Yes, anything is possible. Death camps. Incinerators. Lampshades made out of human skin. All possible. All, and more. Semprun’s narrator is not shocked, not by what is happening to him, nor by what happens to other people. How can you be shocked if you refuse to close your eyes? And that is what I got from The Long Voyage, a sense that here is an author who felt it important not to shy away from the truth. For example, the thing that the guy from Semur ‘never imagined’ was possible was that a man could be in a prison or camp and not share his provisions. The narrator explains that this isn’t, by any means, the most gratuitously selfish behaviour he has witnessed. Men will, he says, steal from someone their last piece of black bread, thereby choosing their own life, their own continued existence, over the life of someone else, who is, by virtue of that theft, being condemned to death.


[Jewish prisoners being deported to concentration camps]

Having said all that, the camps are not the true focus of the story. The Long Voyage begins with the ‘cramming of the bodies’ into a boxcar, and with a ‘throbbing pain in the right knee.’ There are 120 men and women on a train bound for Weimar, bound for extermination. In Vasily Grossman’s Life & Fate there is a passage in which a bunch of people are loaded onto trucks and driven to a concentration camp and straight into the showers. It is written with great sensitivity and empathy. Yet, while Semprun puts the reader in a similar situation, which is to say that he forces you to ride along with his characters, his approach is different. Indeed, the train sections of The Long Voyage have much in common with the work of Samuel Beckett, especially How It Is and The Unnameable.

In How it Is, for example, the narrator is lying in the mud murmuring to himself, and attempting to crawl along the ground. He is constrained, and haunted by voices. In Semprun’s novel, the narrator is trapped in a dark boxcar, squashed up against a large number of people who he cannot see but can, of course, hear. And what he frequently hears are screams and murmurs, complaints and threats. It is a nightmarish and absurd situation. To Semprun’s credit, he acknowledges the absurdity, he plays upon it, such that the book is, miraculously, at times [intentionally] very funny. ‘Breathing is the main thing’, the guy from Semur says, as he clears a path to the small window, which is covered in barbed wire. Ha. Well, of course. Breathing is vital, if you want to live. And these people, who are hurtling towards their death, would like to live, at least a little bit longer, thanks very much.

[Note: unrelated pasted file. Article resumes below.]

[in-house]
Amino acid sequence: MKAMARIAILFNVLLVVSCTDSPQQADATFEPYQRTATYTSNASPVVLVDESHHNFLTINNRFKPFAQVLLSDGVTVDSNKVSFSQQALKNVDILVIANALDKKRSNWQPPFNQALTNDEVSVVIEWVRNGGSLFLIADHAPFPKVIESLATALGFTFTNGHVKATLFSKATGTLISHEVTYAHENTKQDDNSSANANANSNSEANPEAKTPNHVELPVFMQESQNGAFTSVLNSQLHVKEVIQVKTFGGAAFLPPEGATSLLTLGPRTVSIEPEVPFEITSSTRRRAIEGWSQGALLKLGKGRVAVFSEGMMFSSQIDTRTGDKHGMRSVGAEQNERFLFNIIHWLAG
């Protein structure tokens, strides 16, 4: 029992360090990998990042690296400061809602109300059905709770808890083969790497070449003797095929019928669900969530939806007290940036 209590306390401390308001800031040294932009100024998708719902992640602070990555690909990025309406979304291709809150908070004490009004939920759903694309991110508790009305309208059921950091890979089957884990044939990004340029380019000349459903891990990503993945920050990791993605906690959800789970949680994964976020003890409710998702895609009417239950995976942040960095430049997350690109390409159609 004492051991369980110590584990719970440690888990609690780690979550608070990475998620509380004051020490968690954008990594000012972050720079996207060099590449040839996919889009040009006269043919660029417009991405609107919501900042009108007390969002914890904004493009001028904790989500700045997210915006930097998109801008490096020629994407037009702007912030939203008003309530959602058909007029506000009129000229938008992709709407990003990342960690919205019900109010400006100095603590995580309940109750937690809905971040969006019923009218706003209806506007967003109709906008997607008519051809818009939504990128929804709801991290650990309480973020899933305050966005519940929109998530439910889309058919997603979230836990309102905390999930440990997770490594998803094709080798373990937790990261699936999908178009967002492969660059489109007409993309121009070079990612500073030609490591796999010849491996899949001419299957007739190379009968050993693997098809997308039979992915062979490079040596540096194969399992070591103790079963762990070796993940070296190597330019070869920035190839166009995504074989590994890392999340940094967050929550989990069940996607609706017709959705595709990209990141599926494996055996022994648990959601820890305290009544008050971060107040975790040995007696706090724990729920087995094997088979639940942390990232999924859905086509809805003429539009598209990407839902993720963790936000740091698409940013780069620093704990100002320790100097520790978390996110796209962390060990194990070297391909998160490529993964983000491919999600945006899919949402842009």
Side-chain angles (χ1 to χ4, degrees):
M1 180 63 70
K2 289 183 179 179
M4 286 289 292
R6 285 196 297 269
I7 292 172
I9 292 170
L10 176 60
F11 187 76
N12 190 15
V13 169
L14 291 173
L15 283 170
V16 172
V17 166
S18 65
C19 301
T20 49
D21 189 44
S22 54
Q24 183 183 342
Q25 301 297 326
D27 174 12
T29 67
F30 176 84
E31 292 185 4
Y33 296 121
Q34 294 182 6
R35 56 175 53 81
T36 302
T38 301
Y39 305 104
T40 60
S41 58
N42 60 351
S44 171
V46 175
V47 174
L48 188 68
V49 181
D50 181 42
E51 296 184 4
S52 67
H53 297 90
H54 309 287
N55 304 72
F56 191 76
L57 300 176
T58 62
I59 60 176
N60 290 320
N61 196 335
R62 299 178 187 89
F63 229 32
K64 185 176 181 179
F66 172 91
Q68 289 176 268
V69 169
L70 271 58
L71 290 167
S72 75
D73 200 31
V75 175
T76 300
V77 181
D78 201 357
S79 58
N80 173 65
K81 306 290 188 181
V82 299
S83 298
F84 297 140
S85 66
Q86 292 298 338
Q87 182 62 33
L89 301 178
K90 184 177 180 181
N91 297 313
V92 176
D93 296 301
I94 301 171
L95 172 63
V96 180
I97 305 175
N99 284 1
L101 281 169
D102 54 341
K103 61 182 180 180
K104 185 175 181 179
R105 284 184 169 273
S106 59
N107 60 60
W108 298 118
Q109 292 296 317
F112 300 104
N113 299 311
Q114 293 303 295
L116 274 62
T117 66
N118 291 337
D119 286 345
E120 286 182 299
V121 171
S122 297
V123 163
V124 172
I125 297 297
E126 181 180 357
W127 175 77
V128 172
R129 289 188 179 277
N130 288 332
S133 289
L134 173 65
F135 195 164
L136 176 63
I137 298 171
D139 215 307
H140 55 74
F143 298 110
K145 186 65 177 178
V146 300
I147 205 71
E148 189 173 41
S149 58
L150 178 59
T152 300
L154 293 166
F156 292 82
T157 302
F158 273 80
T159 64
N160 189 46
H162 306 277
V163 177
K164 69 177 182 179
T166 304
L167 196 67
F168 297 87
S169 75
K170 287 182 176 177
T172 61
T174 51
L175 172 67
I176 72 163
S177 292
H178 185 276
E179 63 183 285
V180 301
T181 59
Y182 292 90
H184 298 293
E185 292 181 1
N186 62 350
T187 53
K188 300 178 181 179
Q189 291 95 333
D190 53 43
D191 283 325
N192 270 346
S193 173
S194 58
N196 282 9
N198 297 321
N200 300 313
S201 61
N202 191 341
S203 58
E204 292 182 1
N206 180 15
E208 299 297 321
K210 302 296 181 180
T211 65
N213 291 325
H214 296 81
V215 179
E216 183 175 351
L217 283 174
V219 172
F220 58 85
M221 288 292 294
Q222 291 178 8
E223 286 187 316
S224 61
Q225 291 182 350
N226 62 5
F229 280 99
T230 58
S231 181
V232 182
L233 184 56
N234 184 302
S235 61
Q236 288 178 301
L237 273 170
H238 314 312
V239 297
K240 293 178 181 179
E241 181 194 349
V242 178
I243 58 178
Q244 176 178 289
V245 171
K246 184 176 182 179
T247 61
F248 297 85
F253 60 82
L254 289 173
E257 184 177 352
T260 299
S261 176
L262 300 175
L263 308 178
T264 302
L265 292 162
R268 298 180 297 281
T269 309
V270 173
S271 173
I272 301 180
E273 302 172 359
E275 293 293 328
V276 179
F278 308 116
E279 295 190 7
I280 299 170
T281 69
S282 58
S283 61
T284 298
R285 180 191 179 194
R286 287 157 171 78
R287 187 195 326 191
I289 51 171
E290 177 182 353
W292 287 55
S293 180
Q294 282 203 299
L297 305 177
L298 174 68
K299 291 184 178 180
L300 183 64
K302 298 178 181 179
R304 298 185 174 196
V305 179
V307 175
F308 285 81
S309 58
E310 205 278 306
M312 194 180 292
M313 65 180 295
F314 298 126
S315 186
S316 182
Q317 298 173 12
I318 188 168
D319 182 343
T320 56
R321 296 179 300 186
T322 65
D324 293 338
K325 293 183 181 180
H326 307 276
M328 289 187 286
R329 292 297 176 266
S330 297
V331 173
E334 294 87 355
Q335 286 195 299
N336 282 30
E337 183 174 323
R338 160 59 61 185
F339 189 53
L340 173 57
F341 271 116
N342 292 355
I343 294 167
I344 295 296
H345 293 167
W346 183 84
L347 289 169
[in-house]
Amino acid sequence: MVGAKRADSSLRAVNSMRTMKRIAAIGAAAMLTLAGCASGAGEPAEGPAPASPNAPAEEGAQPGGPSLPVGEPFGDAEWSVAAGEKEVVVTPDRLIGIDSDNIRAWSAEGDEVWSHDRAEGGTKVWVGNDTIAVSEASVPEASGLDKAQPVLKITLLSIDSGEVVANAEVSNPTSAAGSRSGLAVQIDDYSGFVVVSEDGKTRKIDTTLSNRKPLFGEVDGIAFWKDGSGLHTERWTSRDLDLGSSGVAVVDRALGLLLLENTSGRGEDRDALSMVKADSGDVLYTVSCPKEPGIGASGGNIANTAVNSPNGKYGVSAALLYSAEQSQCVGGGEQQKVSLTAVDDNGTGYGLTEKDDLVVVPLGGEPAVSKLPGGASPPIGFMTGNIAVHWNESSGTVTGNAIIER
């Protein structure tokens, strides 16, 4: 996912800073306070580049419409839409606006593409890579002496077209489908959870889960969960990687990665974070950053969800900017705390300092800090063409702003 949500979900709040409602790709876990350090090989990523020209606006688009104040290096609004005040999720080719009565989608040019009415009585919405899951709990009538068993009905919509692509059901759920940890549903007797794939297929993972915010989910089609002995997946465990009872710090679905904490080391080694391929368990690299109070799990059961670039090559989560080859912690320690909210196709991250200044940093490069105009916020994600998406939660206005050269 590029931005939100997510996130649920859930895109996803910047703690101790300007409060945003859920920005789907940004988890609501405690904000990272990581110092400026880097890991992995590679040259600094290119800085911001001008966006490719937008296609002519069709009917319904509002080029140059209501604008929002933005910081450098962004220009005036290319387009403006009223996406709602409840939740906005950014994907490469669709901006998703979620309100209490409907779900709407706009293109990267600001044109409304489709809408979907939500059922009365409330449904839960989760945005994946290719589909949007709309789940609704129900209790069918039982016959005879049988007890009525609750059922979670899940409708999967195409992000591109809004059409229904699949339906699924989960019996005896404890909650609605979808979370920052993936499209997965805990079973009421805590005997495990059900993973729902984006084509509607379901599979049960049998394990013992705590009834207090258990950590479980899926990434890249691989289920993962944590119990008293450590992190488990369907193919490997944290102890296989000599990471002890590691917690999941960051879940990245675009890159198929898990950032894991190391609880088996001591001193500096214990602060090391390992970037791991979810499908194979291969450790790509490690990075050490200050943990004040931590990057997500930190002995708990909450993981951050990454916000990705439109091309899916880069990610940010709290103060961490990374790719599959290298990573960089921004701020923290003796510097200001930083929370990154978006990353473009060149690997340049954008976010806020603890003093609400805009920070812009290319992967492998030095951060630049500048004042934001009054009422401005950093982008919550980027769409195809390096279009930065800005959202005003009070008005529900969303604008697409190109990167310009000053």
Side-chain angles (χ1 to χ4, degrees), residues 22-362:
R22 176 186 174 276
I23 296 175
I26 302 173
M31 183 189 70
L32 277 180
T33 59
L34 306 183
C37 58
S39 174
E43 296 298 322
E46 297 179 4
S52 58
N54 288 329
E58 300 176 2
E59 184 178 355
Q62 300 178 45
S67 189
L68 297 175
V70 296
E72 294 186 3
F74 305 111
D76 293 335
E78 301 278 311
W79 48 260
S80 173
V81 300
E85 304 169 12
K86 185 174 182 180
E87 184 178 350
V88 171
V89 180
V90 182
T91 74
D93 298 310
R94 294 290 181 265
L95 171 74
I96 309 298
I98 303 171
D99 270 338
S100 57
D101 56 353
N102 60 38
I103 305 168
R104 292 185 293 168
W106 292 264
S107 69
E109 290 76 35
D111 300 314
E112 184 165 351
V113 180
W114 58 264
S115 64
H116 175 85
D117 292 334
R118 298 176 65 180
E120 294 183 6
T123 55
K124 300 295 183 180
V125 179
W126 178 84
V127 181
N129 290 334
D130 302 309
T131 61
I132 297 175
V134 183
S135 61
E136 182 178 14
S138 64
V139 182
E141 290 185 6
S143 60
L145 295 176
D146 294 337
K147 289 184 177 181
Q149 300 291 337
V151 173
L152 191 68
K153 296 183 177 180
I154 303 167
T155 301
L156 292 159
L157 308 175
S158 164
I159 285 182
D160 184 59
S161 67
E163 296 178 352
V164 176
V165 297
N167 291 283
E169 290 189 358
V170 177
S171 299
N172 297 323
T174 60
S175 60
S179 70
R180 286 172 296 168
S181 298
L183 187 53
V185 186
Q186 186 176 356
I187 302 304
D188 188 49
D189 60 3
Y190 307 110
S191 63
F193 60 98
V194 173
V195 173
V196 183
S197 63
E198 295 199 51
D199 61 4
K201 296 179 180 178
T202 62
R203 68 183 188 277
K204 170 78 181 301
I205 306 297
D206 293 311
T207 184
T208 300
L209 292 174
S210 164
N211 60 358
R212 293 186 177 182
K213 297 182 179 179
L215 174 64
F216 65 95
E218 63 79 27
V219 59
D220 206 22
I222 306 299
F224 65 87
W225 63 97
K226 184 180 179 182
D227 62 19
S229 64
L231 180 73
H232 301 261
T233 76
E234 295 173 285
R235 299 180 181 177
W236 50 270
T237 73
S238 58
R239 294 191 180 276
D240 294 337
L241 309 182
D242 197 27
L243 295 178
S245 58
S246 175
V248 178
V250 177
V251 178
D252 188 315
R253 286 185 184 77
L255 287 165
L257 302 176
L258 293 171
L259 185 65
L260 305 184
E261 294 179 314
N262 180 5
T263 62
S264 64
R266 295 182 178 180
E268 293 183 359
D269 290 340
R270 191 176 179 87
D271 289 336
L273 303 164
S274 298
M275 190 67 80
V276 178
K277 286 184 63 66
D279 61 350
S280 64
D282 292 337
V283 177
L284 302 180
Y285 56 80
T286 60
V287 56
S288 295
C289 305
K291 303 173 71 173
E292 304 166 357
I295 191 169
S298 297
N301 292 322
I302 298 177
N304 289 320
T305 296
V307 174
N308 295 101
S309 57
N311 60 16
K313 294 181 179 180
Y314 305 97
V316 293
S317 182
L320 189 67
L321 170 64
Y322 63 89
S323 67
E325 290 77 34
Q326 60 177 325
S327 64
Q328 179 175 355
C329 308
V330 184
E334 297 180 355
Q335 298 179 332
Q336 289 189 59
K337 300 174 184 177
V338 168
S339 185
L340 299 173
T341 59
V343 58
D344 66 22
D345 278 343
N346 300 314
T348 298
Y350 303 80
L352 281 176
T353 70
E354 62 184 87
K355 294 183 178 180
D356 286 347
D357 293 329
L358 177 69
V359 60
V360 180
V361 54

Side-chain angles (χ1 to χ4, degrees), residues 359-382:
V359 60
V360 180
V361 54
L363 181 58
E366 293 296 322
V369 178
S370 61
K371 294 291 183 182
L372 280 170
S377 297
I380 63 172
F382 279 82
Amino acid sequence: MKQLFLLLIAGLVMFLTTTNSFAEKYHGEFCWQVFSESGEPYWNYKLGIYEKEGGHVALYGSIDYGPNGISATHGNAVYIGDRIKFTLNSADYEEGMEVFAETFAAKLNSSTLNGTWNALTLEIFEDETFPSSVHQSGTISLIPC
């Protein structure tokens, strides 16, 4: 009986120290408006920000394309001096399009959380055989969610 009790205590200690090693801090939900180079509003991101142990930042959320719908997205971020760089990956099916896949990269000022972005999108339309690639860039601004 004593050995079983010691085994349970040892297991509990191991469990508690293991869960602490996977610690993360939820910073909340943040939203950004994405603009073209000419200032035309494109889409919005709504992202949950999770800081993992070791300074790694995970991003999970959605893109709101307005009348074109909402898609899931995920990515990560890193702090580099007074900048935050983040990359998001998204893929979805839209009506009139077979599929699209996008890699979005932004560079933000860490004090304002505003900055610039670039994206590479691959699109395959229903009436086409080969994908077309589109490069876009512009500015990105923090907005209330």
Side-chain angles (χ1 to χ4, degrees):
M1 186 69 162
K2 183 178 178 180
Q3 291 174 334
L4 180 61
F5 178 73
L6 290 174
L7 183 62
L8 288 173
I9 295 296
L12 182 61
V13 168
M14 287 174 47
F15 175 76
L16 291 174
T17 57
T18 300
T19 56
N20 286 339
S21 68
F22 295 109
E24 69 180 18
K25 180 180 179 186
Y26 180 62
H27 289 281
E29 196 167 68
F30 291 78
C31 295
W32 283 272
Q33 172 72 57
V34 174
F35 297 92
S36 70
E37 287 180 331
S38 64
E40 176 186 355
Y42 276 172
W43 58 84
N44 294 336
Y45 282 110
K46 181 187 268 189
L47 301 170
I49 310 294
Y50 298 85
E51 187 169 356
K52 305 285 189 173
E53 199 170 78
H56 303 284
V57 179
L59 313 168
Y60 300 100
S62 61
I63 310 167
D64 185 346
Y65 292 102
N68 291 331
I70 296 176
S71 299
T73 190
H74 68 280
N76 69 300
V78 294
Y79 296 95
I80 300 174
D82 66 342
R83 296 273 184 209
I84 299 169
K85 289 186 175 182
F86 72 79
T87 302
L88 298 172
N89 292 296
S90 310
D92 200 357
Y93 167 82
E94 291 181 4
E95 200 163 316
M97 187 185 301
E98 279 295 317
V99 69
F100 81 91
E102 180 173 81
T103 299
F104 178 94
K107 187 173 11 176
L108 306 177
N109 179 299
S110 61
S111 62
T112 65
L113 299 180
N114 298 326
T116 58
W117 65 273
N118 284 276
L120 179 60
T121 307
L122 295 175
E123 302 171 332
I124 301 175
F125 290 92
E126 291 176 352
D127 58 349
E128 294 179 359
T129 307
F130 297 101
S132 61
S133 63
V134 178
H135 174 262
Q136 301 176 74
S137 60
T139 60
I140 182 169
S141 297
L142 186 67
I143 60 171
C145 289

“Four days, five nights. But I must have counted wrong, or else some of the days must have turned into nights. I have a surplus of nights, more nights than I can use.”

However, The Long Voyage is not all grim humour, there are beautiful moments too. While on the train the narrator spends some of his time looking out of the window, and at one stage he passes through the Moselle Valley. At this precise moment, he says, the world was reborn within him. What he means by this is that in the boxcar he has been cut off from the world, literally and spiritually. It is only when he passes through the Moselle Valley, when he recognises it, that he reconnects with the world, with what is outside, with a real place. The word ‘real’ is important here, because the situation in the boxcar is, of course, unreal. Indeed, the nature of reality, or unreality, plays a major role in the text.

In the boxcar, or in a death camp, one’s understanding of, or relationship with, reality changes. In other words, the unreal becomes real. You become accustomed to the bizarre, the grotesque, the appalling, such that a sudden revealing of the existence of, or a confrontation with, the normal is a kind of spiritual shock. On this, there is a wonderful scene in the book when the narrator leaves the camp and comes upon a group of women. Not women with shaved heads, starved to death, beaten and gassed, but women, real women, with stockings and lips and thigh-hugging skirts. And these creatures seem unreal to him, in the same way that the camp corpses, that he shows them, do to the women. I found this so engaging, for I had thought about our ability to adapt to horrendous circumstances, and our ability to normalise the not-normal, but I had never considered that it might work the other way around.